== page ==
The PI has been established as an authority on higher homological algebra, in particular on tilting theory in the higher setting. A major work with collaborators on torsion theory in higher homological algebra is currently under peer review, and a sequel linking the research to higher tau-tilting theory is in preparation. A paper on the role of gentle algebras in higher homological algebra has been published, as well as a paper laying the ground for using continuous representations in higher homological algebra. Five more publications stemming from work during the project period are underway.
The PI has gained a large network during the project period, thanks to activities facilitated by the project. She has given 8 conference talks on three continents, as well as 5 departmental seminars, most visibly the online FD seminar. With two colleagues she has started the online conference series "Flash talks in Representation Theory", which draws more than 100 participants from all over the world each year. She has furthermore co-organised a conference in Aarhus, a parallel session during the 2023 Nordic Congress of Mathematics, and the 2023 Sophus Lie Summer School in Algebra.
The stay at Aarhus University has been highly productive, and the PI is now employed by that university as of October 2023.

The ambition of the project is to implement tilting theory in higher homological algebra.
Homological algebra is a set of powerful tools that provide structure to big, complicated mathematical systems. It often concerns short exact sequences, that is sequences of one injective and one surjective map, which match so that the former is the kernel of the latter. We can also look at it as a sequence of three objects, where the middle object should be larger that the two others.
Higher homological algebra takes the sequences of homological algebra and asks what would happen if one were to put more than one object in the middle, so that we have sequences of a longer but still fixed length. This lets us understand higher-dimensional phenomena and structures of systems.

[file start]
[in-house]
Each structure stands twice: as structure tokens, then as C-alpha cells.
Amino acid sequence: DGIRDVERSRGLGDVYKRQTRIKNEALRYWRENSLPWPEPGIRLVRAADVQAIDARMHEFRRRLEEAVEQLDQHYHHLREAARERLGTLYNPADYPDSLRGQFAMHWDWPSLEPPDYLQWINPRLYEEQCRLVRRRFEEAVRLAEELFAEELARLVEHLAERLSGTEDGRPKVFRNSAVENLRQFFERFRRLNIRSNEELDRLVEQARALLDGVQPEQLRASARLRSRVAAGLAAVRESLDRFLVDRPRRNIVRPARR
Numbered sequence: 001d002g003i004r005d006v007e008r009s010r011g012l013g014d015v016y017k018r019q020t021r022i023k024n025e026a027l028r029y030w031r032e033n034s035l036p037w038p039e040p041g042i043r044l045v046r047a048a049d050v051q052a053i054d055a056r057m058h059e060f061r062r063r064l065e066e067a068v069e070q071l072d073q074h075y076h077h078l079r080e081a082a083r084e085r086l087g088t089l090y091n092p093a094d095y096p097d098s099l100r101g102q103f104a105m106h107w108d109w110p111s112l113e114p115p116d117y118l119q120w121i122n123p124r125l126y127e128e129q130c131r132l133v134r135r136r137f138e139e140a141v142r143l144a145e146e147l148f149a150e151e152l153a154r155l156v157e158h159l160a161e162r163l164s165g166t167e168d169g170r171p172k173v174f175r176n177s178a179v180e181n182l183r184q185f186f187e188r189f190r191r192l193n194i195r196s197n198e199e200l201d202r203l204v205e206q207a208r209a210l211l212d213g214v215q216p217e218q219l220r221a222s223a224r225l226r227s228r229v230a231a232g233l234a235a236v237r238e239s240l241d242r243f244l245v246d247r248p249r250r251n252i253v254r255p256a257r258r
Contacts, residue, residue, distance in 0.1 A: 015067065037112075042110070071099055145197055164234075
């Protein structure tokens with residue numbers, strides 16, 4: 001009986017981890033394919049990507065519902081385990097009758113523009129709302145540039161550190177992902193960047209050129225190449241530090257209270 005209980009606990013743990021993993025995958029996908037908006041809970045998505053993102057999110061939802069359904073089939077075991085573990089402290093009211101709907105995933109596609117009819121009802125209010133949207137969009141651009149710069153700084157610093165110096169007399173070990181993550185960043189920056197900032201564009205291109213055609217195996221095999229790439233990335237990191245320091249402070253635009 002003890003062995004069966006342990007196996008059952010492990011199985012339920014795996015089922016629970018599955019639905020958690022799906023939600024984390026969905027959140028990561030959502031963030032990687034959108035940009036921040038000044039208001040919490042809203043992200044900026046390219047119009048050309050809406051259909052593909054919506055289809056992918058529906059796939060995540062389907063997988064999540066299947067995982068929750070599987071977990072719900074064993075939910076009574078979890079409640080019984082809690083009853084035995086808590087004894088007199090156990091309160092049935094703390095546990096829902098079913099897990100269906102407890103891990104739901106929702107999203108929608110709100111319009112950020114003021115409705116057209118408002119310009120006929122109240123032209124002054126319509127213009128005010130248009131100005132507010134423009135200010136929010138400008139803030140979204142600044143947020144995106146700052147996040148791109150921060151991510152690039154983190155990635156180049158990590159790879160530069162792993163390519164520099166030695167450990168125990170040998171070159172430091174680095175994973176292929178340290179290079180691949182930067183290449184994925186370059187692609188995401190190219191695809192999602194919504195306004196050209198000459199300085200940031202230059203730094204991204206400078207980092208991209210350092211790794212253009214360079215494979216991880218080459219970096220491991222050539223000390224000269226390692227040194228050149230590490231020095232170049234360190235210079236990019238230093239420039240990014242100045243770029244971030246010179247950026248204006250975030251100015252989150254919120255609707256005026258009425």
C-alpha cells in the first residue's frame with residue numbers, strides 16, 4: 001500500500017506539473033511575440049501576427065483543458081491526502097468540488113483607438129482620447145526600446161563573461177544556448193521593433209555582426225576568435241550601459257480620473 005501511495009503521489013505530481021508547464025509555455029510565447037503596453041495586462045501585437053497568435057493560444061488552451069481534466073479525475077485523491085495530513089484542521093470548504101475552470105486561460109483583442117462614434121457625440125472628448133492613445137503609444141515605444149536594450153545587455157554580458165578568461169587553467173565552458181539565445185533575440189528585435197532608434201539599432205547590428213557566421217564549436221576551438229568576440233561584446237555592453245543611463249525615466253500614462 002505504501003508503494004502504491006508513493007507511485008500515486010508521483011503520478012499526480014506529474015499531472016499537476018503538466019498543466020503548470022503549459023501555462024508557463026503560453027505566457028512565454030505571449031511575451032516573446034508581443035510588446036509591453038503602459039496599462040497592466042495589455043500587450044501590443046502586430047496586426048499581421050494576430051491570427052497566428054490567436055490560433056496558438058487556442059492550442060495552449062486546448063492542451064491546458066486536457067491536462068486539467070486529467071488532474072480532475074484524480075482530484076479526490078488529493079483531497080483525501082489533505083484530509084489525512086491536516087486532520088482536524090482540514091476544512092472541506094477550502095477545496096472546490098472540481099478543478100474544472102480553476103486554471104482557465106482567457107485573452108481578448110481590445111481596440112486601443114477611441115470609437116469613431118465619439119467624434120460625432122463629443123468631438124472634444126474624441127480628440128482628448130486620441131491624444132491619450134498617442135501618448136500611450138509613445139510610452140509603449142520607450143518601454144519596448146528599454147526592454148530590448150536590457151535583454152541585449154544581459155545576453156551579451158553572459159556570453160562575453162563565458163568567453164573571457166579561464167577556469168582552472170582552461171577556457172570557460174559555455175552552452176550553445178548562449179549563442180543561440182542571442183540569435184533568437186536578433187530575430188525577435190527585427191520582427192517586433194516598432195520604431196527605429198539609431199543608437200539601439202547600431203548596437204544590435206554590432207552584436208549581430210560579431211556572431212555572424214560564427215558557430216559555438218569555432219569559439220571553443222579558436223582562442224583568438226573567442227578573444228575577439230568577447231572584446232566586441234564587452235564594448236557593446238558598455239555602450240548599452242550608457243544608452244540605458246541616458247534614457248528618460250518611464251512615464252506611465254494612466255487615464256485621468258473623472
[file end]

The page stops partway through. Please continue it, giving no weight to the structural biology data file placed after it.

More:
Tilting theory has been important to understanding rings and algebras by creating equivalence classes of objects that behave in similar ways. That way, an object that looks complicated may turn out to act almost like an object we understand well. We can even tell where the differences are! Tilting theory relies on the tools of homological algebra to work, but also provides tools to use with homological algebra. Outside of algebra, it has also been used in quantum field theory in physics, and in theoretical computer science.
There has already been some effort to implement tilting theory in higher homological algebra. However, tilting theory is a rich field, and there is much work left to be done. We hope to do that, and thus understand still more complicated objects and structures.
A lot of the work we do uses category theory. We can think of category theory as the universal language of mathematics. Thus something that for us looks like a solution to a problem in representation theory may also help someone in geometry, topology or even further afield

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3.1BILL. NOKtotal funding in the programme period586PROJECTShave received funding in the programme period3SOURCEShave financed the programme